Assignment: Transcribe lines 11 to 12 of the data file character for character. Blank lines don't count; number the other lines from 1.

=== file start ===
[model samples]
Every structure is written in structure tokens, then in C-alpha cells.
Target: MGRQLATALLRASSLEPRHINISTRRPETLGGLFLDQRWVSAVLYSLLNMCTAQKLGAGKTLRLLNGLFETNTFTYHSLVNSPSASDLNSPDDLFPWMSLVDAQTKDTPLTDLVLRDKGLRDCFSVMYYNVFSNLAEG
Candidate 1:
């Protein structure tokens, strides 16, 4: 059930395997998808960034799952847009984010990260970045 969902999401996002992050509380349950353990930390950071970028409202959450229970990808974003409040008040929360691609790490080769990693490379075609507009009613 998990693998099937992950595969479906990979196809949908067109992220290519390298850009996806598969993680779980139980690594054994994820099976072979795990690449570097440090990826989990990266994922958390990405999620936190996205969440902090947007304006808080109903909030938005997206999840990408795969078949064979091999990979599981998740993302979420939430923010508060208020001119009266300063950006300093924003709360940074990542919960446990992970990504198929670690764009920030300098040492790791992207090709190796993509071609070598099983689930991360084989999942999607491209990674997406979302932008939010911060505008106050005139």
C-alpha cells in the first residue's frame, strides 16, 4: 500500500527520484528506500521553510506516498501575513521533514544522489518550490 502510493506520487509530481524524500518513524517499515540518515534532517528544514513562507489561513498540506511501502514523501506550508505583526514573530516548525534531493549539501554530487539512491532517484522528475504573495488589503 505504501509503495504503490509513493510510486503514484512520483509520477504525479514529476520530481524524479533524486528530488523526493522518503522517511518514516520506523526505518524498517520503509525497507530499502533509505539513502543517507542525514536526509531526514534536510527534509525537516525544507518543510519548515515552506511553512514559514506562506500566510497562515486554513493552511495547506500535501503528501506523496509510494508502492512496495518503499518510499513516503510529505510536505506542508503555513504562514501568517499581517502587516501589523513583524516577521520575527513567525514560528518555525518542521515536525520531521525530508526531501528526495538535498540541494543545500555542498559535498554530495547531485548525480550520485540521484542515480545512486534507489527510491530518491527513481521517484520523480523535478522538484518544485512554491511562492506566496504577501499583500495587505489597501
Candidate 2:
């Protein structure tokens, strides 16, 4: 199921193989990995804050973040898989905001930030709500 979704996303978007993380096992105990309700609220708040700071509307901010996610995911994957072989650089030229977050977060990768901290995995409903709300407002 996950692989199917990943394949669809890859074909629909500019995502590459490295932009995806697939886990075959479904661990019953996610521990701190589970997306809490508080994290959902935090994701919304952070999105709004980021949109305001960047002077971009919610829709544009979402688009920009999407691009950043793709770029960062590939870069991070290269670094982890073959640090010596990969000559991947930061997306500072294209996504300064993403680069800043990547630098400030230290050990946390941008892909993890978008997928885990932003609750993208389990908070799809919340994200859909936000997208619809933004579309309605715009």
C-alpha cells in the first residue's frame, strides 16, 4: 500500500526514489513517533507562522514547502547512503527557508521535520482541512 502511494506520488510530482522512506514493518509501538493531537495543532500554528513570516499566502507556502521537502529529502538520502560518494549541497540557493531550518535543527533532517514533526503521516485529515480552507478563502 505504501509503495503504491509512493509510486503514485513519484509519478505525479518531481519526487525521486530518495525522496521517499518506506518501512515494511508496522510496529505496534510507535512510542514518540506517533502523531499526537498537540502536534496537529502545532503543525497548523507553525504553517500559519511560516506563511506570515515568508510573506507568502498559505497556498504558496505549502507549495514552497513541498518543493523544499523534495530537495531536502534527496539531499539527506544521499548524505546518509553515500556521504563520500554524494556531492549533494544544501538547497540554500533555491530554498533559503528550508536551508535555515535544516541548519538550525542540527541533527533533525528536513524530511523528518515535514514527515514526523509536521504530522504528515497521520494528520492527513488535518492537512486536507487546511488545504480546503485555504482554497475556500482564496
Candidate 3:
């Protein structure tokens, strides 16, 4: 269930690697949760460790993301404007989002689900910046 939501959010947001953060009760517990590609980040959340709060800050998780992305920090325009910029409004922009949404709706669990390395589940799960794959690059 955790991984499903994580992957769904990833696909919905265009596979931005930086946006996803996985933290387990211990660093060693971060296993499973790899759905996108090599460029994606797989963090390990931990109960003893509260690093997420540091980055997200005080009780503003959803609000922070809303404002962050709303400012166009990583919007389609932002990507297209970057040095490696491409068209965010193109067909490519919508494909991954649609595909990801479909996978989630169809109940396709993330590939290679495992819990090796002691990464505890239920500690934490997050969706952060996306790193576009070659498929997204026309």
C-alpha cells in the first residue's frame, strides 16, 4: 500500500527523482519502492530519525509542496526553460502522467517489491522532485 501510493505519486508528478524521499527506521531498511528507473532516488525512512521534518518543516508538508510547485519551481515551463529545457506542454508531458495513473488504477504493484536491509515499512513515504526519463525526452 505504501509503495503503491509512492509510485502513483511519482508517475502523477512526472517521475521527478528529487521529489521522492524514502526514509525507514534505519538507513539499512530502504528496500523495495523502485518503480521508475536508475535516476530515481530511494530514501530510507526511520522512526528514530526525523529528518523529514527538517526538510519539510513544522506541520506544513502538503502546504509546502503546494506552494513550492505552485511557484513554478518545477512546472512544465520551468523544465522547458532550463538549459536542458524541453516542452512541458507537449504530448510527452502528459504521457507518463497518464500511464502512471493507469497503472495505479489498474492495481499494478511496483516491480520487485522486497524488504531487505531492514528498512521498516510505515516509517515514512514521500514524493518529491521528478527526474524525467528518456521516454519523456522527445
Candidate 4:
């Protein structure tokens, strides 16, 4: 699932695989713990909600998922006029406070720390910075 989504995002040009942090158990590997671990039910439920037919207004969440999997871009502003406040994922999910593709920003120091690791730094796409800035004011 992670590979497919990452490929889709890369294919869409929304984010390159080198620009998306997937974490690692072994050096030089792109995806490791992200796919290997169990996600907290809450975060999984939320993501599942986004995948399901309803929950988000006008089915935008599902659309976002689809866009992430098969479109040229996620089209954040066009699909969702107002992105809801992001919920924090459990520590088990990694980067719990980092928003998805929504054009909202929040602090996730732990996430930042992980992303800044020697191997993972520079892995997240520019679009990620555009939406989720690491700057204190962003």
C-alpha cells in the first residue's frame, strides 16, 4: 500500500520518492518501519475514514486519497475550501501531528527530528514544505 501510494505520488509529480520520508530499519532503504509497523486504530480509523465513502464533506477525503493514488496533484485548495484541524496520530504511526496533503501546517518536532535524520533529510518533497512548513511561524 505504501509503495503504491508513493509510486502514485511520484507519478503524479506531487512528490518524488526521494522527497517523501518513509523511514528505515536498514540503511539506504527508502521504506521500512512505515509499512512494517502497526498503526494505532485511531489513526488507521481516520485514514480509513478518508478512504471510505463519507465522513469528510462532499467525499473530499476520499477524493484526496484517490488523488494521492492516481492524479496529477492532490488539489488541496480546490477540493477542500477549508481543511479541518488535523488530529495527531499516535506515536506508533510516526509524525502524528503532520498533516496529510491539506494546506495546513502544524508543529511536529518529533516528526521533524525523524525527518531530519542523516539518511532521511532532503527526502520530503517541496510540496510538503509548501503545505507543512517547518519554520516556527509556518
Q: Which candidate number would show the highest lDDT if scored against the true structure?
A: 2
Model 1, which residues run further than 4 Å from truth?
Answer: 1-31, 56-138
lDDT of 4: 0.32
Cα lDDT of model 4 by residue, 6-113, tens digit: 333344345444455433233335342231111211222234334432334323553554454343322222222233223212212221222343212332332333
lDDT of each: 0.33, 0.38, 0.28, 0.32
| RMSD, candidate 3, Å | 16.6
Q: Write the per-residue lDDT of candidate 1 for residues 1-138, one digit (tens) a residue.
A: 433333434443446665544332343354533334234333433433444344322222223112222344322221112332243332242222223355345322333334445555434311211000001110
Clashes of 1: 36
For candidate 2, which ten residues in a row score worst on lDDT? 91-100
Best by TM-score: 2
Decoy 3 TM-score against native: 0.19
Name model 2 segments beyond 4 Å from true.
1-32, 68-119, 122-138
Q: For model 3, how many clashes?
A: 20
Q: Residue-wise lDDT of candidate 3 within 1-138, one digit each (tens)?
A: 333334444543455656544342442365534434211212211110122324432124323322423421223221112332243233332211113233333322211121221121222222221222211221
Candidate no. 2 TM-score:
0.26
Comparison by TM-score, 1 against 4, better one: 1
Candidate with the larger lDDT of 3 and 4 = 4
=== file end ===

């Protein structure tokens, strides 16, 4: 269930690697949760460790993301404007989002689900910046 939501959010947001953060009760517990590609980040959340709060800050998780992305920090325009910029409004922009949404709706669990390395589940799960794959690059 955790991984499903994580992957769904990833696909919905265009596979931005930086946006996803996985933290387990211990660093060693971060296993499973790899759905996108090599460029994606797989963090390990931990109960003893509260690093997420540091980055997200005080009780503003959803609000922070809303404002962050709303400012166009990583919007389609932002990507297209970057040095490696491409068209965010193109067909490519919508494909991954649609595909990801479909996978989630169809109940396709993330590939290679495992819990090796002691990464505890239920500690934490997050969706952060996306790193576009070659498929997204026309």
C-alpha cells in the first residue's frame, strides 16, 4: 500500500527523482519502492530519525509542496526553460502522467517489491522532485 501510493505519486508528478524521499527506521531498511528507473532516488525512512521534518518543516508538508510547485519551481515551463529545457506542454508531458495513473488504477504493484536491509515499512513515504526519463525526452 505504501509503495503503491509512492509510485502513483511519482508517475502523477512526472517521475521527478528529487521529489521522492524514502526514509525507514534505519538507513539499512530502504528496500523495495523502485518503480521508475536508475535516476530515481530511494530514501530510507526511520522512526528514530526525523529528518523529514527538517526538510519539510513544522506541520506544513502538503502546504509546502503546494506552494513550492505552485511557484513554478518545477512546472512544465520551468523544465522547458532550463538549459536542458524541453516542452512541458507537449504530448510527452502528459504521457507518463497518464500511464502512471493507469497503472495505479489498474492495481499494478511496483516491480520487485522486497524488504531487505531492514528498512521498516510505515516509517515514512514521500514524493518529491521528478527526474524525467528518456521516454519523456522527445